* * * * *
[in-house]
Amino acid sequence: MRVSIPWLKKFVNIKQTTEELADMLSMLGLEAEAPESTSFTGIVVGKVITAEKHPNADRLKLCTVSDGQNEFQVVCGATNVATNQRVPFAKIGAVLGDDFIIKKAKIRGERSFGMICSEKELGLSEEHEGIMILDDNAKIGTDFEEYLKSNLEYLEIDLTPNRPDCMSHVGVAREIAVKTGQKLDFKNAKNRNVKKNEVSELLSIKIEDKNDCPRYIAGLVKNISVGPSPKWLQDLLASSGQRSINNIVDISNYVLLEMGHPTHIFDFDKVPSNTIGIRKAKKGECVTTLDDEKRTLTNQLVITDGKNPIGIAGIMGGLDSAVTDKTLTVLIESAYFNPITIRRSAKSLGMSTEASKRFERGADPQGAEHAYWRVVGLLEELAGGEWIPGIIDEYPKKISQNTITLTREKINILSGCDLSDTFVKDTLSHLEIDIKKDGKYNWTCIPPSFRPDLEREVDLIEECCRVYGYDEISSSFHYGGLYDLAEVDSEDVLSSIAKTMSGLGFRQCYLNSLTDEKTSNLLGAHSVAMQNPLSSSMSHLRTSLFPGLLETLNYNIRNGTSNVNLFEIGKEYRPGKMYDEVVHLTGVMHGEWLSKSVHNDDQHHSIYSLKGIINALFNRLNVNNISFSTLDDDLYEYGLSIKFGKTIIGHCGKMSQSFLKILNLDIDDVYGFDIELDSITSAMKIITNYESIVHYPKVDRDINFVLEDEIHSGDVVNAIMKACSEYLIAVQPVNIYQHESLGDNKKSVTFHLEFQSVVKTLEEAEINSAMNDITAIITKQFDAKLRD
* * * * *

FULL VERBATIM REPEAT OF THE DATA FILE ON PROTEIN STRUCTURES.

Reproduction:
[in-house]
Amino acid sequence: MRVSIPWLKKFVNIKQTTEELADMLSMLGLEAEAPESTSFTGIVVGKVITAEKHPNADRLKLCTVSDGQNEFQVVCGATNVATNQRVPFAKIGAVLGDDFIIKKAKIRGERSFGMICSEKELGLSEEHEGIMILDDNAKIGTDFEEYLKSNLEYLEIDLTPNRPDCMSHVGVAREIAVKTGQKLDFKNAKNRNVKKNEVSELLSIKIEDKNDCPRYIAGLVKNISVGPSPKWLQDLLASSGQRSINNIVDISNYVLLEMGHPTHIFDFDKVPSNTIGIRKAKKGECVTTLDDEKRTLTNQLVITDGKNPIGIAGIMGGLDSAVTDKTLTVLIESAYFNPITIRRSAKSLGMSTEASKRFERGADPQGAEHAYWRVVGLLEELAGGEWIPGIIDEYPKKISQNTITLTREKINILSGCDLSDTFVKDTLSHLEIDIKKDGKYNWTCIPPSFRPDLEREVDLIEECCRVYGYDEISSSFHYGGLYDLAEVDSEDVLSSIAKTMSGLGFRQCYLNSLTDEKTSNLLGAHSVAMQNPLSSSMSHLRTSLFPGLLETLNYNIRNGTSNVNLFEIGKEYRPGKMYDEVVHLTGVMHGEWLSKSVHNDDQHHSIYSLKGIINALFNRLNVNNISFSTLDDDLYEYGLSIKFGKTIIGHCGKMSQSFLKILNLDIDDVYGFDIELDSITSAMKIITNYESIVHYPKVDRDINFVLEDEIHSGDVVNAIMKACSEYLIAVQPVNIYQHESLGDNKKSVTFHLEFQSVVKTLEEAEINSAMNDITAIITKQFDAKLRD